1 of 2 people found the following review helpful
Ok Movie - But A Great Transfer!!,
This review is from: Daybreakers [Blu-ray] (Blu-ray)
This was one of those movies that struggled to fulfill it's ambitions - probably due to the info gleaned from the making of that despite the presence of stars like Hawke & Neill, the film had a relativeley modest budget and the directors even had to do some of the FX work themselves.
Still it was enjoyable enough. It lacked the action that the cover implied and some of the gore fx were a lit bit too obviously CGI (particularly a scene where a guy was stabbed in the neck and the blood spray looked like a cartoon) but it passed the time well enough. It could be described as a sub par version of Blade where the vampires have taken over the world - but without the superhero elements. One thing that baffled me was the explanation of a virus for the vampirism element and yet I failed to see how this could cause the effect of the vamps being invisible in a mirror, apart from their clothing!! I thought the vampires that were mutating into bat type monsters (due to a chronic shortage of human blood) were well realised and effective.
Some nice touches to the action with the humans armed with crossbows that fire wooden stakes resulting in the vampires exploding ala Blade and there is a half decent car chase as well.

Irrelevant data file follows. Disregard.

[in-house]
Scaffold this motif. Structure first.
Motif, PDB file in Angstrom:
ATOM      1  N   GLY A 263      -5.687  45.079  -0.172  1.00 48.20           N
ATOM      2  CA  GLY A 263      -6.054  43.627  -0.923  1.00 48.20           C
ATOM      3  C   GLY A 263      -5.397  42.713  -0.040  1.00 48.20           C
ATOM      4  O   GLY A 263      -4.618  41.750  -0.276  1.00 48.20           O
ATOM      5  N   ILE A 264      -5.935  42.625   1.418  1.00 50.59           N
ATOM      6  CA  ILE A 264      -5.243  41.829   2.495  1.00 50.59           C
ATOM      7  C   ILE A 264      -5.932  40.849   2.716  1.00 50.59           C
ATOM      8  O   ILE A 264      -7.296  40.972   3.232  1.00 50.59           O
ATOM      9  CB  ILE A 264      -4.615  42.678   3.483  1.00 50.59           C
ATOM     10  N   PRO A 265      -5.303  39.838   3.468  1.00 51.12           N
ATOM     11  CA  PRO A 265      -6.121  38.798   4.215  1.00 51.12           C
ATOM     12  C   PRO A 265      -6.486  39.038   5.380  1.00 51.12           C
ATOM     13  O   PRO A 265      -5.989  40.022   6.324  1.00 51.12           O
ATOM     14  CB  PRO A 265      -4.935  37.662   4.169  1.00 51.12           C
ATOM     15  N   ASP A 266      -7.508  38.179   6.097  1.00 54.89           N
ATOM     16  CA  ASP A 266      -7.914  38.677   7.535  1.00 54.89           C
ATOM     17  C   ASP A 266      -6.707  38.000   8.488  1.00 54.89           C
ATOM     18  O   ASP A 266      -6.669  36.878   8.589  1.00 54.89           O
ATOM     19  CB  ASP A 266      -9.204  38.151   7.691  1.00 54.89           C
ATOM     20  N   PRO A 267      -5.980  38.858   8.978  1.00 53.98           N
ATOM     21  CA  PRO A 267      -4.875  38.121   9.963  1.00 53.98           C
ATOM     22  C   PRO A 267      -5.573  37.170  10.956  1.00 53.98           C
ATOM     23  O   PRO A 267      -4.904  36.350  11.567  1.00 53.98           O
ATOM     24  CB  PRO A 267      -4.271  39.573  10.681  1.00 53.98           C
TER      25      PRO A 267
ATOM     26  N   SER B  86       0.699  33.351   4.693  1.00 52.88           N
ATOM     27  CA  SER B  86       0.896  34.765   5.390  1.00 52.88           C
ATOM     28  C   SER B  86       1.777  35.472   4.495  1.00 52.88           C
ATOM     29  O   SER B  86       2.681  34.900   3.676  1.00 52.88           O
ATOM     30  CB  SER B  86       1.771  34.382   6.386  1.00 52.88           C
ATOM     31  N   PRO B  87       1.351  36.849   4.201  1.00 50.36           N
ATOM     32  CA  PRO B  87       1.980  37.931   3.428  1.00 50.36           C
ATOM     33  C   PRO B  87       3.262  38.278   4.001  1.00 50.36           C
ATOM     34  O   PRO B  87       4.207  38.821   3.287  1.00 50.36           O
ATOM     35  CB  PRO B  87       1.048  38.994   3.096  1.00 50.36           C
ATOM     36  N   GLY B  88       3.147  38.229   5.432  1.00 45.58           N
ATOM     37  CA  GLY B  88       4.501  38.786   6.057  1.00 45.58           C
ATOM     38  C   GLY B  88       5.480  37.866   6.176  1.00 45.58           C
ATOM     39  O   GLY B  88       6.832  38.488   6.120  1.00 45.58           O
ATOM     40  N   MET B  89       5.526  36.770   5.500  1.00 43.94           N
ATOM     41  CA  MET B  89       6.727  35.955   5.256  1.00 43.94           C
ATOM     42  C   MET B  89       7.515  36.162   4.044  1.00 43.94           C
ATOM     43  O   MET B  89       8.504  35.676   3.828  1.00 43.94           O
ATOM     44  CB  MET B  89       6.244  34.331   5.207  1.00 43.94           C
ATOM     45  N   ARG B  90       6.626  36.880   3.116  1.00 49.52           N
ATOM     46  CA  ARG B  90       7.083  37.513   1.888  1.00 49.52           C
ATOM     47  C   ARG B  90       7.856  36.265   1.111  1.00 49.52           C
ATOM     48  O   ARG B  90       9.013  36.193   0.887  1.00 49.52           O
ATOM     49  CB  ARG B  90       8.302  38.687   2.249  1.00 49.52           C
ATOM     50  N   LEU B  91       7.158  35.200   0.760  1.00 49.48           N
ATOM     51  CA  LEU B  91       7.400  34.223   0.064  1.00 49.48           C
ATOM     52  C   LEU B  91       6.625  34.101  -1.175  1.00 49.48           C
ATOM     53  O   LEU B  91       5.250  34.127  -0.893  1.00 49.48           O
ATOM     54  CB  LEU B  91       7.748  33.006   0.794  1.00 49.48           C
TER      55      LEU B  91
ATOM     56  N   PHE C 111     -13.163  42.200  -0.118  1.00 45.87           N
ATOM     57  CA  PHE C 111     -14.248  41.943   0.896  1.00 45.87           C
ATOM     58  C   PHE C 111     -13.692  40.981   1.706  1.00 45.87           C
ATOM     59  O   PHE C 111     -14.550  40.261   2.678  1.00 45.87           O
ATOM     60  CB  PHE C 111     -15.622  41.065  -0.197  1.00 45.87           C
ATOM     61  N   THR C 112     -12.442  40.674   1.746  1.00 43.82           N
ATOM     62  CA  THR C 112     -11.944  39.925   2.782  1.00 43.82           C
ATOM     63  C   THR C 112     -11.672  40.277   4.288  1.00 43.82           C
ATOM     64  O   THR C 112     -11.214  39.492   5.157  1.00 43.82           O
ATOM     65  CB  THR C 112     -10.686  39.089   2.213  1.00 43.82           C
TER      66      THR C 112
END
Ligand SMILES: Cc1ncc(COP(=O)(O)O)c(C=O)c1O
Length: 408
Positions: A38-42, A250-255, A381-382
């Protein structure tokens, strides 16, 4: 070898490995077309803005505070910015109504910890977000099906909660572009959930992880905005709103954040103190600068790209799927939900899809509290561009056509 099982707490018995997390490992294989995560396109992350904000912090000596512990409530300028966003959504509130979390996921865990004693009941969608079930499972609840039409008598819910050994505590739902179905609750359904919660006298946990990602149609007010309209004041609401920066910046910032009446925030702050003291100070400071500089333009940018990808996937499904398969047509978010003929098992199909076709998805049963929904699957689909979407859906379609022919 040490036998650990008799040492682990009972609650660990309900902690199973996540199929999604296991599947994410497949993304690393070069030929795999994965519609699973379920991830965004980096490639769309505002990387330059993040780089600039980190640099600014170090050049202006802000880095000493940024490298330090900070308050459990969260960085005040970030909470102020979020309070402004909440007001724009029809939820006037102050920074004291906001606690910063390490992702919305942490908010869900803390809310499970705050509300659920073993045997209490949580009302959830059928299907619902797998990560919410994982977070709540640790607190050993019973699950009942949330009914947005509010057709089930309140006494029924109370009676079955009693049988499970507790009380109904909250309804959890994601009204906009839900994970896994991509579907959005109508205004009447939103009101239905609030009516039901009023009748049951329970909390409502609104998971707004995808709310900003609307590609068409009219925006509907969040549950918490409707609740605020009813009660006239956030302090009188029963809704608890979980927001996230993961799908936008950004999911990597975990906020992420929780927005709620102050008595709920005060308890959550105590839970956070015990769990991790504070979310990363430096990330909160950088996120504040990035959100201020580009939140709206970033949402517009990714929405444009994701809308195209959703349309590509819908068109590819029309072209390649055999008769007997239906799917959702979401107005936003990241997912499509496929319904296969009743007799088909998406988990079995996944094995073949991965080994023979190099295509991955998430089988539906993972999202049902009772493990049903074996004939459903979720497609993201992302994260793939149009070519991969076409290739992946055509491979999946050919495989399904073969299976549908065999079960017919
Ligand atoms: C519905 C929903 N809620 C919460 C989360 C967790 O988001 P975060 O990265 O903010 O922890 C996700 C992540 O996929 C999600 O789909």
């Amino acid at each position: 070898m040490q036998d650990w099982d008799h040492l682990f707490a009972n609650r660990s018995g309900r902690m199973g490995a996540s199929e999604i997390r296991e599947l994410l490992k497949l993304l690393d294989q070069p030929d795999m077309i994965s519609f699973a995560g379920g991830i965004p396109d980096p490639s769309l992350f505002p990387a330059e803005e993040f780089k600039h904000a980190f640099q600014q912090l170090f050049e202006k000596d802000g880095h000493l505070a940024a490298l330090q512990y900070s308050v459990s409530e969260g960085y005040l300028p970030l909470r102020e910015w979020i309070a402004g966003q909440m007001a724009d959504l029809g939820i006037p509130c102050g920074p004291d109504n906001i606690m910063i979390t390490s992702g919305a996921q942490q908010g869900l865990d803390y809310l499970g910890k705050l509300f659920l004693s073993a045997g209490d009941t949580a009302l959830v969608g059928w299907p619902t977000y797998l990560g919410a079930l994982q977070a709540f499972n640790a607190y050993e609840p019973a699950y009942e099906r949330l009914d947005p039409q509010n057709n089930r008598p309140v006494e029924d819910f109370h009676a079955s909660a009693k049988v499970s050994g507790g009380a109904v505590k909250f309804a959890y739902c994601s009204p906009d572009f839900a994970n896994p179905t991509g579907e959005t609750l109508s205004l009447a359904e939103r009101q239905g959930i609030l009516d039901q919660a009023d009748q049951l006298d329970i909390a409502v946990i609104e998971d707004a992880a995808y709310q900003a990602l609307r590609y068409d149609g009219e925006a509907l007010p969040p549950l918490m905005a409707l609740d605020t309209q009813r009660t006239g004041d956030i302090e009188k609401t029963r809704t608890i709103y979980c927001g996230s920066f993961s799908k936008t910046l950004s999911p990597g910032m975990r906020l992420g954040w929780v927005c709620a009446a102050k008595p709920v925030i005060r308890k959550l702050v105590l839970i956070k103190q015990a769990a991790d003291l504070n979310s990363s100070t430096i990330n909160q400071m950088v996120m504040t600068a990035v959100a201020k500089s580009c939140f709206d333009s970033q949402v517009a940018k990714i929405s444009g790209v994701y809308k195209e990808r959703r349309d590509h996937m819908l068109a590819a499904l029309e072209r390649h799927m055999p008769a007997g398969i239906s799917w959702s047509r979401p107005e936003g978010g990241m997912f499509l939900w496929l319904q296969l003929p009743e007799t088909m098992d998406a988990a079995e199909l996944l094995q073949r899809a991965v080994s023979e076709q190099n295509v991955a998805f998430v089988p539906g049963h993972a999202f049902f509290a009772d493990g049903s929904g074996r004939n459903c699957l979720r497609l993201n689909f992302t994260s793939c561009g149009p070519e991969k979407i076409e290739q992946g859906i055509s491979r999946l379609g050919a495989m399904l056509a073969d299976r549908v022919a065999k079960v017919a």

I really liked the look of the film with its blue/grey tint and it was served up well on Blu-ray with a razor sharp transfer. Extras are decent but nothing spectacular.
Basically if you like the modern take on the vampire then you will like this but I wouldn't rate it better than The Matrix, 28 Days Later or Blade which seem to be labelled it's closest comparisons.
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Initial post: 26 Jun 2010 16:18:24 BDT
ScottPaul ScottPaul says:
Yes this looks another of those pretentious, arroganet so-called cerebral ones that try to make the 'vampire' genre above its now very obvious limitations. But 'Blade' itself was no great shakes, smacking more of comic book/action hero nonsense and a massive ego-trip from a very wooden actor (Wesley Snipes), and 'Underworld' suffers from the same probems. Horror should be horror-and genre-wise, apart from a few over the past two decades, the 80s seemed to be only decade that got it consitently right-check out 'Fright Night', 'Vamp', 'Near Dark', 'Lair Of The White Worm', 'Nightlife'-even 'The Lost Boys' and a segment of 'Waxwork' from 1988 to see how vampire films truly should work. And someone tell dear Mr Hawke to get back to being a director. I agree that some of the points you made about this film-for instance the bat-mutating, sound intriguing, but to get through the whole film for that-no, I'll stick wth the 80s and the odd few since-one of which I doubt this is! Heard you love 'Dagon' though-totally agree!
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